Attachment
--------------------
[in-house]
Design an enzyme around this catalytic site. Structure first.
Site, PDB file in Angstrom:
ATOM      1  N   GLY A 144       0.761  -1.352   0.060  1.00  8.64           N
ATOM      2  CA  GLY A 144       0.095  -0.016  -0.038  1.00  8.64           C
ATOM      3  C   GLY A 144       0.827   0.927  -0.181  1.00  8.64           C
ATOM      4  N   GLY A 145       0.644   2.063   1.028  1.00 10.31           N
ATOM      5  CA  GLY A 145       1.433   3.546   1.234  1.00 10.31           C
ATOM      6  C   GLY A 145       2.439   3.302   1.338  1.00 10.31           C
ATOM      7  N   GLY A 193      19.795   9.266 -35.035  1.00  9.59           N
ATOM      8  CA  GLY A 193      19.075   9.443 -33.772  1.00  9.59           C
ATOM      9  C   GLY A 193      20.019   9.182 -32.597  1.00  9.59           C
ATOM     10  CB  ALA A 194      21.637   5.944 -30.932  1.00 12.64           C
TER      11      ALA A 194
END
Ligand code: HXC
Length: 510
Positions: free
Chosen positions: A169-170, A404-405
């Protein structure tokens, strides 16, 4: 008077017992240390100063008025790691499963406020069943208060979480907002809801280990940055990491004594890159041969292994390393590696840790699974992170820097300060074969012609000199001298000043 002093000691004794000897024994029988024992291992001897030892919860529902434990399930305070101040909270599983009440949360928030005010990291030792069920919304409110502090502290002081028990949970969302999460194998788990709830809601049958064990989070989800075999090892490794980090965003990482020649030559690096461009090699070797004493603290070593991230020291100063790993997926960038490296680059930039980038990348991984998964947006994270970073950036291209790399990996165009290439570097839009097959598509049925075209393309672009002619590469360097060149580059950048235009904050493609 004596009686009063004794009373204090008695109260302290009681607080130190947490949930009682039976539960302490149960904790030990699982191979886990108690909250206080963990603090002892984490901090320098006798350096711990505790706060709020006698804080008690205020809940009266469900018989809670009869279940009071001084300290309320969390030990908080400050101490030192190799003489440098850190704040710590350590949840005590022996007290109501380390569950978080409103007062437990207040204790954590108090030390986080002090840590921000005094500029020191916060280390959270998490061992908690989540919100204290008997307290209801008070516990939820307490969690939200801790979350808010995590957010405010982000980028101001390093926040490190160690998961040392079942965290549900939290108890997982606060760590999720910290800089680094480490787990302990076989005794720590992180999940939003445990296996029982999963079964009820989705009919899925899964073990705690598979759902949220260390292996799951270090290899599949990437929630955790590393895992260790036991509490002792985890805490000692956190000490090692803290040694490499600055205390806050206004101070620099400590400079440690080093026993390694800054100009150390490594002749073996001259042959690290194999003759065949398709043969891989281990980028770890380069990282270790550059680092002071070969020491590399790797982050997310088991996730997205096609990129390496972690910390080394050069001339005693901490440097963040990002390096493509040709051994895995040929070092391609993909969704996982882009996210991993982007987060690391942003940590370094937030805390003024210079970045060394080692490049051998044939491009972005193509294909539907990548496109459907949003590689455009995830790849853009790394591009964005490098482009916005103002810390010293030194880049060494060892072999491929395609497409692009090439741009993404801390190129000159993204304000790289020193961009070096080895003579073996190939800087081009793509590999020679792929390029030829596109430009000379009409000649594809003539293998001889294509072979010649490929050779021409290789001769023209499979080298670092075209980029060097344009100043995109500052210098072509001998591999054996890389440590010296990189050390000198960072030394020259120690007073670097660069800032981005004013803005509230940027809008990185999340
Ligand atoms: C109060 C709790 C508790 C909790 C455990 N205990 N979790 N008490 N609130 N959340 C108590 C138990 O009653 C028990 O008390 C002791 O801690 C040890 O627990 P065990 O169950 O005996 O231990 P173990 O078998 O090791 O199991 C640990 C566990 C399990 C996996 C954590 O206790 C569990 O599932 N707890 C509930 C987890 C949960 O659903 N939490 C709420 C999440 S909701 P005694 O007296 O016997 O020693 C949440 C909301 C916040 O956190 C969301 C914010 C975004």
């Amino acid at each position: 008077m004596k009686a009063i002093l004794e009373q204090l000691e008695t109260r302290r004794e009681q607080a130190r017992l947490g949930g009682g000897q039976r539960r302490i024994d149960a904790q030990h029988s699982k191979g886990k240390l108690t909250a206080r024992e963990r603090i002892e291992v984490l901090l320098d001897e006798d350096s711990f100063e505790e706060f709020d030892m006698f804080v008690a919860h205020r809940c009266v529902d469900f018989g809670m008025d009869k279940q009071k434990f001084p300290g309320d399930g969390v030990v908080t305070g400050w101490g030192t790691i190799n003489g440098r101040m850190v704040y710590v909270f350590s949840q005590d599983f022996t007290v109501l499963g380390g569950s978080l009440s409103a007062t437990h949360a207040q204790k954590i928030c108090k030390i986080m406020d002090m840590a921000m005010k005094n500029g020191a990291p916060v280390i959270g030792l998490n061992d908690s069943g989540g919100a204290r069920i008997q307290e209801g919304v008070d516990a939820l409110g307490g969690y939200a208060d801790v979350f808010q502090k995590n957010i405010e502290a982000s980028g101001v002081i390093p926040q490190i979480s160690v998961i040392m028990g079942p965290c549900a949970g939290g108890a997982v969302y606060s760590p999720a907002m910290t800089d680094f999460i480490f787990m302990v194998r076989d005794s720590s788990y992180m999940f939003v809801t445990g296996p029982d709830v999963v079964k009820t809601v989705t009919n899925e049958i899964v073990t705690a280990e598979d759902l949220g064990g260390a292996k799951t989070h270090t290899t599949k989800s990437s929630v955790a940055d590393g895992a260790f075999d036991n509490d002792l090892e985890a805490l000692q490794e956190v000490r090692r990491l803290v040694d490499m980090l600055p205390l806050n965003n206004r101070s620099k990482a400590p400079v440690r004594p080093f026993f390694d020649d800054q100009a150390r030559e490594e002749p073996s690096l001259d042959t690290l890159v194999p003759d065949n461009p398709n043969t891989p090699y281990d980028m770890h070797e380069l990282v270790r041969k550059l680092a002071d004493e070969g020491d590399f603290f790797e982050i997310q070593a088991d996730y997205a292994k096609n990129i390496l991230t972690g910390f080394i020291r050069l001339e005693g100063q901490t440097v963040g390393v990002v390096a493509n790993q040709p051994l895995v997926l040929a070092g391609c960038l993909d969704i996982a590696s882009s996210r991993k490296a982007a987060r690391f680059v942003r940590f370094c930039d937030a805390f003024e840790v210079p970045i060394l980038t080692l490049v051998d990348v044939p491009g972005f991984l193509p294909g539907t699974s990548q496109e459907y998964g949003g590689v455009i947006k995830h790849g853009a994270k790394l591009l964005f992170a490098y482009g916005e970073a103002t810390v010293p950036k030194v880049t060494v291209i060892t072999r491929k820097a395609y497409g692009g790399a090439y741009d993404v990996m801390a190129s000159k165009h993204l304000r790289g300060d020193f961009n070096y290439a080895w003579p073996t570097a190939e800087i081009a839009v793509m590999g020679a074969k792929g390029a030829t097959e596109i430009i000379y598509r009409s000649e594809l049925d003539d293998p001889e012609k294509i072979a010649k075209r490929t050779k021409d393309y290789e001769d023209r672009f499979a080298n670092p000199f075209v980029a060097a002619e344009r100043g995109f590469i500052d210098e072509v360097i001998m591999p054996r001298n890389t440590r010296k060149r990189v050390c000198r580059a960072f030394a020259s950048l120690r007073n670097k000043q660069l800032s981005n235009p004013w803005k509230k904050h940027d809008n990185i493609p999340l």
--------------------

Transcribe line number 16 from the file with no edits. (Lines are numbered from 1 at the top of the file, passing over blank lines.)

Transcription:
Ligand code: HXC